target market. How many times did you hear someone say “I really want to
get the Zen / MuVo / Jukebox”? You don’t hear much of that because they
all want an iPod.

That is why Apple’s iPod holds near to 90% market share. Just take a
look at the TV ads from both rivals and you’ll understand what I mean by
Apple understanding the consumer’s mind, while Creative missed it

So the next time you think that by focusing only on delivering the best
product, you will be guaranteed success, think again. Creating powerful
positioning, branding and marketing strategies for your business can
make a HUGE difference!

Digital Technology Brings Video Borescopes Into the Spotlight

A video borescope is a borescope with an illuminated tip.  The tip has a digital lens that relays images over fiber optic to an LCD screen device for viewing.  A borescope can capture both moving and still camera shots.  The video borescope works very much like a digital camera or video recorder.

The LCD screen can be a small handheld device or a computer screen. There are many different levels of quality of LCD screens.  Remember;  the larger and higher resolution LCD screen; the more expensive the video borescope. When looking for a video borescope; shop for one with high resolution and large number of pixels.

Wireless video borescopes are available that do not require an electrical outlet.  They are powered by a rechargeable battery.  This feature in it does drive up the price quite a bit at the current time.  Some come with a memory card that can be plugged into your computer port for image viewing.  This feature makes storing, transferring and manipulating your digital data very easy.

Some examples of practical applications that prove the savings of utilizing a video borescope are:

o    Inspection of machined parts all along the production of the piece will ensure costly errors are found and corrected immediately.

o    Quality control workers can monitor saved video borescope inspections and increase the likelihood that mistakes never reach the consumer and are fixed in house at the time of manufacture.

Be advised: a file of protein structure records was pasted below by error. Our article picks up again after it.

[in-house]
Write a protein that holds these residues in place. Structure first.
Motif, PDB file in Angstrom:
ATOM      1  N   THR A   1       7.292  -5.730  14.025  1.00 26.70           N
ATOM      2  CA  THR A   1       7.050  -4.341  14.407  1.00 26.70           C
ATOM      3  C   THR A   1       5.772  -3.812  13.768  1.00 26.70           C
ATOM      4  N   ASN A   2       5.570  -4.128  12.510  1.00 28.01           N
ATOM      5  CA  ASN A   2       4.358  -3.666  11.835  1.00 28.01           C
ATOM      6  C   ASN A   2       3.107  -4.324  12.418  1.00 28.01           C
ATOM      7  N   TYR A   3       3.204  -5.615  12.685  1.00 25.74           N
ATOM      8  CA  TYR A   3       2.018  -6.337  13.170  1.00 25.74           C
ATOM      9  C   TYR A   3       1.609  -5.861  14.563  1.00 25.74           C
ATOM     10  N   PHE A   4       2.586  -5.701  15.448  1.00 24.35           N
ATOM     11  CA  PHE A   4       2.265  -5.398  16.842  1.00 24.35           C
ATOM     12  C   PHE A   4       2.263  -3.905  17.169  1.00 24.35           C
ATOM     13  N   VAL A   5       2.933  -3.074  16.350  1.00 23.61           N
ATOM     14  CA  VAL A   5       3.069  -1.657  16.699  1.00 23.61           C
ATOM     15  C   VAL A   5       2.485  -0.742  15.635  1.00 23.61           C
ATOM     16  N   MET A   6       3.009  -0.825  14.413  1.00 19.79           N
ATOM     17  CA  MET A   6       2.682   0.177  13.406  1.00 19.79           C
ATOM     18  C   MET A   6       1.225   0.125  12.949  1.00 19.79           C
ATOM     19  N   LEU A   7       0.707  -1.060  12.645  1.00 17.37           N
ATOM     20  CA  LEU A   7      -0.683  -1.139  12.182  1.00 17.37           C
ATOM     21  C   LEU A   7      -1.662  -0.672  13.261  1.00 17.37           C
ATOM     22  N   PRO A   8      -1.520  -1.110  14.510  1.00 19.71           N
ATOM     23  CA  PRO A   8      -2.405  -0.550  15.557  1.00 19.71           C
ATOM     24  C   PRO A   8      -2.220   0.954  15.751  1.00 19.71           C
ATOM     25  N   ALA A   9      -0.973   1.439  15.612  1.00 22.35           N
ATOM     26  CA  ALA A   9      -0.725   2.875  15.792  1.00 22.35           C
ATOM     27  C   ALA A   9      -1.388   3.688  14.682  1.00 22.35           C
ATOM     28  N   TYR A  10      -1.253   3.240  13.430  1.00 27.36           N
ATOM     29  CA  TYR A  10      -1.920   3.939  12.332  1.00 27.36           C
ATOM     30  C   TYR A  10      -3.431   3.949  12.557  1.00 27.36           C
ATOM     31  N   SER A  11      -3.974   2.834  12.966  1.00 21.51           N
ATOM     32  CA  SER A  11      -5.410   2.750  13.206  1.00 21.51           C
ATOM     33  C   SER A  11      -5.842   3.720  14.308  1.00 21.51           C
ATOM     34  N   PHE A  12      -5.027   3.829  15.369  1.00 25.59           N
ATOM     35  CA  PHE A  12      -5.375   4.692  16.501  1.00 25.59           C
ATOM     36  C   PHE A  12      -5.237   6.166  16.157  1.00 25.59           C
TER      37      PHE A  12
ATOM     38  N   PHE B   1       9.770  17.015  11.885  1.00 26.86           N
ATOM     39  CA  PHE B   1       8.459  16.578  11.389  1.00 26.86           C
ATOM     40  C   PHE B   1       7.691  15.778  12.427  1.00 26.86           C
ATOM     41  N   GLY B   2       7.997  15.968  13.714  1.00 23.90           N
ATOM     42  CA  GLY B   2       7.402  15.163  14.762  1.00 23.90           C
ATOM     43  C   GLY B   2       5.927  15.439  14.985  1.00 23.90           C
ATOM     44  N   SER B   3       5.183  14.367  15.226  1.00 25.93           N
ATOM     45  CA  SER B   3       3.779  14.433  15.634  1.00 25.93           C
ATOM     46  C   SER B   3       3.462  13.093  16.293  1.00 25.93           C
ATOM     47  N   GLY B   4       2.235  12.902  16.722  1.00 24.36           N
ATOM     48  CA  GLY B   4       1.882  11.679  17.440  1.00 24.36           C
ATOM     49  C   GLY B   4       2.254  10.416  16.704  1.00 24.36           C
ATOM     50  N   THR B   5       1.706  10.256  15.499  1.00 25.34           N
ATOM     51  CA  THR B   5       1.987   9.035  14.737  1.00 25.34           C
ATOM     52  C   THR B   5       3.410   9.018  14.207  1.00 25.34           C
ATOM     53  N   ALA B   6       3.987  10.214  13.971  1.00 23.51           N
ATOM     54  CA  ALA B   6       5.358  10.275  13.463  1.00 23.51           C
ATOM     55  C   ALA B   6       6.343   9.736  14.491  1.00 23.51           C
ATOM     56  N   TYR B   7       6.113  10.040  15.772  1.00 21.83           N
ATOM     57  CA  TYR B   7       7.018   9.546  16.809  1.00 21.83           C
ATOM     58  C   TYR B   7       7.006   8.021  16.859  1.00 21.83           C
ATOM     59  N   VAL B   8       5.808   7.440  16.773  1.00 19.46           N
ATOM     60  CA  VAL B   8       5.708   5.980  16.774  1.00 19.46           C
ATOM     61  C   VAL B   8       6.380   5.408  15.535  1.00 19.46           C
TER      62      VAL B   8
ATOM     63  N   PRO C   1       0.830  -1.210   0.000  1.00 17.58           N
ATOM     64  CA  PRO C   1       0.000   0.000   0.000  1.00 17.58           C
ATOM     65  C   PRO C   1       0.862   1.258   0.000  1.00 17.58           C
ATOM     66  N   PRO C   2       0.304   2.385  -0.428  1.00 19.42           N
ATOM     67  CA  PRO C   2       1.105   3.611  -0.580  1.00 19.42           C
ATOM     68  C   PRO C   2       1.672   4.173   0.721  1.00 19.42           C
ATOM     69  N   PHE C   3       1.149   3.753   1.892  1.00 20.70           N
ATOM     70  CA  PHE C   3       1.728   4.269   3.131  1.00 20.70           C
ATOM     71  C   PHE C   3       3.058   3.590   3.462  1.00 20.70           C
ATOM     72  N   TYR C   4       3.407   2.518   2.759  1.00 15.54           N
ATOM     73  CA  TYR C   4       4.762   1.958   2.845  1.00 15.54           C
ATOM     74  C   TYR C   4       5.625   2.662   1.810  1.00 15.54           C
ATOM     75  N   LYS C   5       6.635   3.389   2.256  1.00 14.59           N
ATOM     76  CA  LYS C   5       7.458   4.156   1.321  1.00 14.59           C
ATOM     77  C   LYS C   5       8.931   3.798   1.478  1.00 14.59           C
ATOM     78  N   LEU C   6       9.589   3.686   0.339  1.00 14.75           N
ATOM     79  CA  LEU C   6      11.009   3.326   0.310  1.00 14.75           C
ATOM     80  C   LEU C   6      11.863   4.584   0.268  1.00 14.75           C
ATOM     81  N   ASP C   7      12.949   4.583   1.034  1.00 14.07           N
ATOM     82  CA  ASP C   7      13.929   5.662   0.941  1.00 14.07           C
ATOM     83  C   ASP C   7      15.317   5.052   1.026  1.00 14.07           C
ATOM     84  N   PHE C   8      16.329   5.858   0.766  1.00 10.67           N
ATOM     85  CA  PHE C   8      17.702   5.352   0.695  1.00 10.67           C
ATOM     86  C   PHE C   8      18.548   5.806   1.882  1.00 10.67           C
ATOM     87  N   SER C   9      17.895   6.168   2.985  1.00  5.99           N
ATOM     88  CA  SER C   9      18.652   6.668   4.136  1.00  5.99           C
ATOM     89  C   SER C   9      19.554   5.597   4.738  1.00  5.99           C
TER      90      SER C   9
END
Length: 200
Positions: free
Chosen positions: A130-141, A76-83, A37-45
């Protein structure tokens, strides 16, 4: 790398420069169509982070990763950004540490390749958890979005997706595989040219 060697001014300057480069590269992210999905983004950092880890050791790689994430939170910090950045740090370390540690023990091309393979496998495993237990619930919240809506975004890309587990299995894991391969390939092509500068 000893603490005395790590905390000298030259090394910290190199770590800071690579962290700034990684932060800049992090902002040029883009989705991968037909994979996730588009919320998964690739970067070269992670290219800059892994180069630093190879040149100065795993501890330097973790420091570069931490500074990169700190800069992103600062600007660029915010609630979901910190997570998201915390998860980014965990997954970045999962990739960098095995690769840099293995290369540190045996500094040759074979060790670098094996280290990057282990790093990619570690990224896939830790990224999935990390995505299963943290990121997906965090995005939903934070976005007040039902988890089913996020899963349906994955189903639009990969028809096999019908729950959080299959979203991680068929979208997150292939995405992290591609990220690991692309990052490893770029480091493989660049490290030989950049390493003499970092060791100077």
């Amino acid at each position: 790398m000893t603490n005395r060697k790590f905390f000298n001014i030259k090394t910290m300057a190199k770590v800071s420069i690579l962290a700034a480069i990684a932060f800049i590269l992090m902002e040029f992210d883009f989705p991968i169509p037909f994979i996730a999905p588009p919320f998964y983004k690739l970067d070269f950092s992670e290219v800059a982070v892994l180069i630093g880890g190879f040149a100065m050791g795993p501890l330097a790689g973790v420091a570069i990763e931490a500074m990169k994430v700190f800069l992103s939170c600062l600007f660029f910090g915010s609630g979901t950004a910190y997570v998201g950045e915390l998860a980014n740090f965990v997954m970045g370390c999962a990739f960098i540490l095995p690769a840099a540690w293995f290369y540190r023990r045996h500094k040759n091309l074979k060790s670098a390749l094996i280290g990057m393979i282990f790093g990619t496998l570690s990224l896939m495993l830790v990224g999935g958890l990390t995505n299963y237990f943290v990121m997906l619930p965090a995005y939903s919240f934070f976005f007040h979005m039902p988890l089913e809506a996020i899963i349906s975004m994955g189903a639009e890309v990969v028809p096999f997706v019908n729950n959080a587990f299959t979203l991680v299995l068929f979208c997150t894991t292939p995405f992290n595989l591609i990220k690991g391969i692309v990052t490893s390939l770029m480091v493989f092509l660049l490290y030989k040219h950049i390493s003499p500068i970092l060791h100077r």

o    Accuracy when machining parts is very important, even computer controlled machines are only as good as their human counterpart.  Continuous monitoring can be achieved and documented with this machine.

o    Industries such as auto, diesel and aviation use it by their mechanics to check engines for wear; before costly breakdowns occur.  With the aviation industry this also saves lives.

o    They are helping doctors diagnose patients better by enabling the surgeon to make a small incision in the patient and look at the organs and body function. 

This specialized video borescope is called and endoscope.  It may allow a surgeon to use microscopic instruments to do surgery as well.  Recovery times have been shorten so much by this technology; a surgery that could have taken you two months or more of recovery time; may now only take two weeks to get back in the swing of things. You may have lower hospital bills and less loss of income.

Digital and computer technology allow it to create images that were never before possible.  There are even borescopes that have an articulating tip that will rotate 360 degrees.   You have access to every surface on the inside of any item you may want to view.

A borescope can be quite expensive; however there are some very adequate video borescopes on the market available without breaking the bank.  As with all technology; some of the features may become less costly the longer the product is on the market.